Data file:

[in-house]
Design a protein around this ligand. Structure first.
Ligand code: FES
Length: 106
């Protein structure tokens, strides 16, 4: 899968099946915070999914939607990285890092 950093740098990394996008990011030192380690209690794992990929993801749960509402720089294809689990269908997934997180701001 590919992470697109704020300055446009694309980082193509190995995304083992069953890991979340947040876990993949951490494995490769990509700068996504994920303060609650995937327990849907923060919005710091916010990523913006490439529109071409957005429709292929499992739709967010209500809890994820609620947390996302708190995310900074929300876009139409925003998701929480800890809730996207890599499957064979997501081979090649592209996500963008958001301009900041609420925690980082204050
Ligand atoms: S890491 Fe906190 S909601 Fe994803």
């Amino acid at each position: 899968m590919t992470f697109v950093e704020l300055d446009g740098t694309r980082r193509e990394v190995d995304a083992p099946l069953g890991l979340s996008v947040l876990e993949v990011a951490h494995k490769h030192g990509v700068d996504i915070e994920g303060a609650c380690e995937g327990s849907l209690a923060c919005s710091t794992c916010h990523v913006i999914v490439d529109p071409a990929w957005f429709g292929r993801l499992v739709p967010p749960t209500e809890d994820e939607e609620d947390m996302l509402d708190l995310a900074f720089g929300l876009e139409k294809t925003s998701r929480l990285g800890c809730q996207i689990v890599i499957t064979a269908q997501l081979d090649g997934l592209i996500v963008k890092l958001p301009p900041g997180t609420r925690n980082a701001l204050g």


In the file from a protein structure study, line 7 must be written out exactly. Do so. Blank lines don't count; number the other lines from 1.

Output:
């Amino acid at each position: 899968m590919t992470f697109v950093e704020l300055d446009g740098t694309r980082r193509e990394v190995d995304a083992p099946l069953g890991l979340s996008v947040l876990e993949v990011a951490h494995k490769h030192g990509v700068d996504i915070e994920g303060a609650c380690e995937g327990s849907l209690a923060c919005s710091t794992c916010h990523v913006i999914v490439d529109p071409a990929w957005f429709g292929r993801l499992v739709p967010p749960t209500e809890d994820e939607e609620d947390m996302l509402d708190l995310a900074f720089g929300l876009e139409k294809t925003s998701r929480l990285g800890c809730q996207i689990v890599i499957t064979a269908q997501l081979d090649g997934l592209i996500v963008k890092l958001p301009p900041g997180t609420r925690n980082a701001l204050g």